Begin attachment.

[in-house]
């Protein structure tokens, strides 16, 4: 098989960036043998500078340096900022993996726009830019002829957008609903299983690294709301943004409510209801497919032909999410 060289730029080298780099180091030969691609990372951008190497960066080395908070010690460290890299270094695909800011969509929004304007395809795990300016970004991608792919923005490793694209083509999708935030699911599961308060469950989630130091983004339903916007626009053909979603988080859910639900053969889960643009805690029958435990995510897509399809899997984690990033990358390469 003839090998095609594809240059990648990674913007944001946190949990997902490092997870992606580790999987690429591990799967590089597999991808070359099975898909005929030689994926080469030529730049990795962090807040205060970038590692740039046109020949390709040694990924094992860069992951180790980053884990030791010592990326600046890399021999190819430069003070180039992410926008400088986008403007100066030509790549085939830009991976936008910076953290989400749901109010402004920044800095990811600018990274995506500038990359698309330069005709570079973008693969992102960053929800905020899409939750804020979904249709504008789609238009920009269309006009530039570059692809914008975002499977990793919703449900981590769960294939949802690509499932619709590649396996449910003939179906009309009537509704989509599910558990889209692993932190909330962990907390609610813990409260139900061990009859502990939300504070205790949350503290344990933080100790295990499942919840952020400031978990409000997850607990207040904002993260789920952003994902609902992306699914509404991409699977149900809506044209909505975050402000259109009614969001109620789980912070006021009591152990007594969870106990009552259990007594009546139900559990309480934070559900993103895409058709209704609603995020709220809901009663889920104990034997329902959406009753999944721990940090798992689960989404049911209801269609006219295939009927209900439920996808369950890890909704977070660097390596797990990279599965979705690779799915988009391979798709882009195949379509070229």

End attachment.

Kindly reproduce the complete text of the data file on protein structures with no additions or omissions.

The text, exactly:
[in-house]
């Protein structure tokens, strides 16, 4: 098989960036043998500078340096900022993996726009830019002829957008609903299983690294709301943004409510209801497919032909999410 060289730029080298780099180091030969691609990372951008190497960066080395908070010690460290890299270094695909800011969509929004304007395809795990300016970004991608792919923005490793694209083509999708935030699911599961308060469950989630130091983004339903916007626009053909979603988080859910639900053969889960643009805690029958435990995510897509399809899997984690990033990358390469 003839090998095609594809240059990648990674913007944001946190949990997902490092997870992606580790999987690429591990799967590089597999991808070359099975898909005929030689994926080469030529730049990795962090807040205060970038590692740039046109020949390709040694990924094992860069992951180790980053884990030791010592990326600046890399021999190819430069003070180039992410926008400088986008403007100066030509790549085939830009991976936008910076953290989400749901109010402004920044800095990811600018990274995506500038990359698309330069005709570079973008693969992102960053929800905020899409939750804020979904249709504008789609238009920009269309006009530039570059692809914008975002499977990793919703449900981590769960294939949802690509499932619709590649396996449910003939179906009309009537509704989509599910558990889209692993932190909330962990907390609610813990409260139900061990009859502990939300504070205790949350503290344990933080100790295990499942919840952020400031978990409000997850607990207040904002993260789920952003994902609902992306699914509404991409699977149900809506044209909505975050402000259109009614969001109620789980912070006021009591152990007594969870106990009552259990007594009546139900559990309480934070559900993103895409058709209704609603995020709220809901009663889920104990034997329902959406009753999944721990940090798992689960989404049911209801269609006219295939009927209900439920996808369950890890909704977070660097390596797990990279599965979705690779799915988009391979798709882009195949379509070229």